After driving and researching Honda Civic, Accord, CR-V, and Insight, Toyota Prius, Suburu Outback and Forrester, Ford Focus, Escape, and Edge, Hyundai Elantra Touring, 2013 Mazda CX-5 and VW Jetta Sportwagen TDI, the decision has come down to the CR-V and the Sportwagen. We have had our 1998 Honda Odyssey for almost 14 years and are pretty wedded to the Honda reliability. We like the mileage, the driving experience (torque!) and a lot of other features about the Jetta wagon, but keep getting scared off by the reports (from our usual mechanic and several others) of high maintenance costs, unreliability as the years go on, etc. We’d be getting the top models of either car. Any help would be appreciated!
If you look at Edmunds True Cost to Own feature, it shows that the Jetta will be both more expensive to repair and more expensive to maintain. Maintenance for a 2010 Jetta is estimated at $5215 and repairs at $2918 over 5 years, while they are estimated as $3755 and 1739, respectively, for the CR-V. I use 2 year old data to get out (mostly) of the warranty range. You will save money on fuel, but it will be eaten up in maintenance costs even before you consider repairs.
Thanks, jtsanders! Great info! That’s smart to look at 2-yr old data on that Edmunds feature.
People who choose the VW over the mainstream (in this case Honda), do it for a few reasons; handling, status symbol, obsession with European brands. Seems like you test drove a lot of cars and have educated yourself well. If none of these are a reason for you to have a VW, then get the Honda.
Common complaints to the CRV are lack of get up and go, esp on merging while on the ramps and also seat comfort (very subjective). I say take another long test drive in the CRV and see if you can live with it.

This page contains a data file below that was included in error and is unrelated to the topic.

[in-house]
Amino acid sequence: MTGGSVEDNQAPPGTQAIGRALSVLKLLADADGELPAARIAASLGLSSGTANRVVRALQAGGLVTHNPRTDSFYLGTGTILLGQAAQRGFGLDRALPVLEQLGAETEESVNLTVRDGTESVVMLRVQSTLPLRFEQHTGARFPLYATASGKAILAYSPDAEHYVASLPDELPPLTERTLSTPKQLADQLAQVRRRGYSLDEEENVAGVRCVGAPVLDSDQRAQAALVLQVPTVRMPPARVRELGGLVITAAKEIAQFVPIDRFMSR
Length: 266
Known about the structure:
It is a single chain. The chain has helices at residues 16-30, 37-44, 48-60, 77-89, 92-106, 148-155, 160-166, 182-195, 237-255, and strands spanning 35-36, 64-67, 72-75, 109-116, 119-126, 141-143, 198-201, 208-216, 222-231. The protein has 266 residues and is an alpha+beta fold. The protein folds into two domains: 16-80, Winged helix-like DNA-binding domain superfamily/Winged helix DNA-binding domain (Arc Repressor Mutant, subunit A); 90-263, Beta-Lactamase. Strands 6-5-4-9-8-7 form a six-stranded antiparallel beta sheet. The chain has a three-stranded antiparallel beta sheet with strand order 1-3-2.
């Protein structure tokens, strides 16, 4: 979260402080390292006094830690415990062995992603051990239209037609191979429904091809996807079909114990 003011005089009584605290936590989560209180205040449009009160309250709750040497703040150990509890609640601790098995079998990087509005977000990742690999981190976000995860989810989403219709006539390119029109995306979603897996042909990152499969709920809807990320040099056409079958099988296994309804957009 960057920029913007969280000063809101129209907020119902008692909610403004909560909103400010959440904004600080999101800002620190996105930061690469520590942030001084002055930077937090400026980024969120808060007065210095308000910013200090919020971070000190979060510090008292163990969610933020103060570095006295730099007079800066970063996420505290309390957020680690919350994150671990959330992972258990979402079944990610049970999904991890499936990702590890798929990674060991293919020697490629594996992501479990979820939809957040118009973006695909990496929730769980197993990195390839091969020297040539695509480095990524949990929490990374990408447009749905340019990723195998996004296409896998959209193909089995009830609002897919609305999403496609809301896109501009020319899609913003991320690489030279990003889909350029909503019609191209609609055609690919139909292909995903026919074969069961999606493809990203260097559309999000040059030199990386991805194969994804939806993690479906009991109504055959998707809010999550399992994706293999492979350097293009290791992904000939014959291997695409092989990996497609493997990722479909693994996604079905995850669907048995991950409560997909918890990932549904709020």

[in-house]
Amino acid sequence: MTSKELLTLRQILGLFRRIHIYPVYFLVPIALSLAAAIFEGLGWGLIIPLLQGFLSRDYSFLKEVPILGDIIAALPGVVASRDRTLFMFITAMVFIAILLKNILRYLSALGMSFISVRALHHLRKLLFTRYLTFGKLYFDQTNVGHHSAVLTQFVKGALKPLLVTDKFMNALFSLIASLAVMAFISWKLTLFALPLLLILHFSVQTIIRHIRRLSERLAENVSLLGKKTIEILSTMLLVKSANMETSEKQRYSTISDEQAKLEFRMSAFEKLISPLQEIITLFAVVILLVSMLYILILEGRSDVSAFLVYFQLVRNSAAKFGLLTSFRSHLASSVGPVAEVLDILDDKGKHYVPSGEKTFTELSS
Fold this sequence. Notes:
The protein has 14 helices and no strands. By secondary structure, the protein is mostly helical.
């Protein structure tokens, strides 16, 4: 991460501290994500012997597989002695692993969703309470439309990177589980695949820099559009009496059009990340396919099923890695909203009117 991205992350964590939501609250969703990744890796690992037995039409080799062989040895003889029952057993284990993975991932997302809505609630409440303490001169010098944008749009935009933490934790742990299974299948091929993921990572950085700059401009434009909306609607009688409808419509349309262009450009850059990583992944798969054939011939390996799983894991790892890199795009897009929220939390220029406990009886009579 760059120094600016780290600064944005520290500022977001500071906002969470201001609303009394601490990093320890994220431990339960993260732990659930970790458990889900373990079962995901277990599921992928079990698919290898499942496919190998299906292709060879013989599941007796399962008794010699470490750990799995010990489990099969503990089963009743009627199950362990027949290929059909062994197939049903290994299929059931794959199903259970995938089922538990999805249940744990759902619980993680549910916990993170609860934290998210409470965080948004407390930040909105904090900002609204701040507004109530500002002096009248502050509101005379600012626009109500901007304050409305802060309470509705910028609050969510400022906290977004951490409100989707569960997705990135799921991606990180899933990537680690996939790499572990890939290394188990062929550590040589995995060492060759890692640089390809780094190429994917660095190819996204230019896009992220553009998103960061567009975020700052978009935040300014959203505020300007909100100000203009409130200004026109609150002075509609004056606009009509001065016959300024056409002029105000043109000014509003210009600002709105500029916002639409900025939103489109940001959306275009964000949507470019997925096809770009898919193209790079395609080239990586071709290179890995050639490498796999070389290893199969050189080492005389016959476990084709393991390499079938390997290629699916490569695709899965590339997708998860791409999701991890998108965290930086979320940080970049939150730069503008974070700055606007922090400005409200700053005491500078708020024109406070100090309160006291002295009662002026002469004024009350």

I own an older CR-V, so I’m a Honda fan too.
But it sounds like you really want the Sportwagen. As long as you’re willing to “pay to play”, I don’t think you need to fear. It seems to me that, although VW has had some reliability problems, they’ve upped their game and are getting more serious about the US market. So if you have your heart set on the Sportwagen, and can afford the somewhat higher maintenance cost, I say go for it. If it’s the car you really want, you’re going to have a twinge of regret every time you get into your 2012 CR-V.
Thanks, jesmed and galant. This discussion is really helping me clarify the dilemma. We are self-employed with two kids in college, so we want a car we’ll be really happy with, but also are very maintenance/repair cost conscious. I guess one could argue that the better mileage would help make up the difference between maintenance/repair costs, but my biggest fear is that the mechanics’ predictions will come true and we will have to pour money into the VW when electronics or whatever start to go as the vehicle ages.
There are things on both vehicles that we like and don’t like:
VW likes: mileage, driving experience, keyless entry, seat comfort, sunroof, nav, interior, reading lights in back, somewhat conservative styling, back seats fold completely flat (but you need a screwdriver to take off headrest).
VW don’t likes: reputation for high maintenance and repair costs, diesel (can’t just get gas anywhere), idling sound (bugs me, not my husband), no back-up camera (but not sure you need it, as visibility is pretty good)
CRV likes: reliability (this is huge for us), dual temp controls (this is big for my husband as we never agree on the temp), lever that automatically puts the back seats down (not critical, but kind of cool), back-up camera, color (blue)
CRV don’t likes: lack of torque (not the biggest deal, just pales in comparison to the VW), seat comfort (I’m okay with it, but my husband thinks the VW is much better), rear visibility (but there is the back-up camera), back seats don’t fold completely flat
Well, I’m not sure all that detail is going to help anyone help us, but it’s good to lay it all out there, and I would appreciate any comments about others’ experience with the various finer points.
With all the pros and cons, if VW had the Honda reputation, we probably would have already made the decision.
Thanks again for the help!